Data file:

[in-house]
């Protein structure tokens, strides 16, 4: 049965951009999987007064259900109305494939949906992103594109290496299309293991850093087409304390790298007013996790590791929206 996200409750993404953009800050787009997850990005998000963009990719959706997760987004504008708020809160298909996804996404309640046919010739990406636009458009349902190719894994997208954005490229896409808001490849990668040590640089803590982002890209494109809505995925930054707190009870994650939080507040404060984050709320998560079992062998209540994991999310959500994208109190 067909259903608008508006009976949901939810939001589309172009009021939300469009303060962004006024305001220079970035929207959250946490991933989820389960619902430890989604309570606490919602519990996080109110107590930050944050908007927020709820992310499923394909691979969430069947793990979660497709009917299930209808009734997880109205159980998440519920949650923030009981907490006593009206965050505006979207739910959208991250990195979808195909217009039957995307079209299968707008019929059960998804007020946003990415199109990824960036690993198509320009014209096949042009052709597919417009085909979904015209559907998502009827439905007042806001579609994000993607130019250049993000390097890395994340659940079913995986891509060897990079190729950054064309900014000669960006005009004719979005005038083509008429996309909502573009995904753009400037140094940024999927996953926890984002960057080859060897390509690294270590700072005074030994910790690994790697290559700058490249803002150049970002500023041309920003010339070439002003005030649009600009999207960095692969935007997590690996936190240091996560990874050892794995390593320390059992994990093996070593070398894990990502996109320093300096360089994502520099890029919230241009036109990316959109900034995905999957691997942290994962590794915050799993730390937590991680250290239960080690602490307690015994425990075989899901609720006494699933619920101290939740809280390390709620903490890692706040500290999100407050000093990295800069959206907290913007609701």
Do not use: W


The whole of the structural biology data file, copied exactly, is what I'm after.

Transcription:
[in-house]
């Protein structure tokens, strides 16, 4: 049965951009999987007064259900109305494939949906992103594109290496299309293991850093087409304390790298007013996790590791929206 996200409750993404953009800050787009997850990005998000963009990719959706997760987004504008708020809160298909996804996404309640046919010739990406636009458009349902190719894994997208954005490229896409808001490849990668040590640089803590982002890209494109809505995925930054707190009870994650939080507040404060984050709320998560079992062998209540994991999310959500994208109190 067909259903608008508006009976949901939810939001589309172009009021939300469009303060962004006024305001220079970035929207959250946490991933989820389960619902430890989604309570606490919602519990996080109110107590930050944050908007927020709820992310499923394909691979969430069947793990979660497709009917299930209808009734997880109205159980998440519920949650923030009981907490006593009206965050505006979207739910959208991250990195979808195909217009039957995307079209299968707008019929059960998804007020946003990415199109990824960036690993198509320009014209096949042009052709597919417009085909979904015209559907998502009827439905007042806001579609994000993607130019250049993000390097890395994340659940079913995986891509060897990079190729950054064309900014000669960006005009004719979005005038083509008429996309909502573009995904753009400037140094940024999927996953926890984002960057080859060897390509690294270590700072005074030994910790690994790697290559700058490249803002150049970002500023041309920003010339070439002003005030649009600009999207960095692969935007997590690996936190240091996560990874050892794995390593320390059992994990093996070593070398894990990502996109320093300096360089994502520099890029919230241009036109990316959109900034995905999957691997942290994962590794915050799993730390937590991680250290239960080690602490307690015994425990075989899901609720006494699933619920101290939740809280390390709620903490890692706040500290999100407050000093990295800069959206907290913007609701």
Do not use: W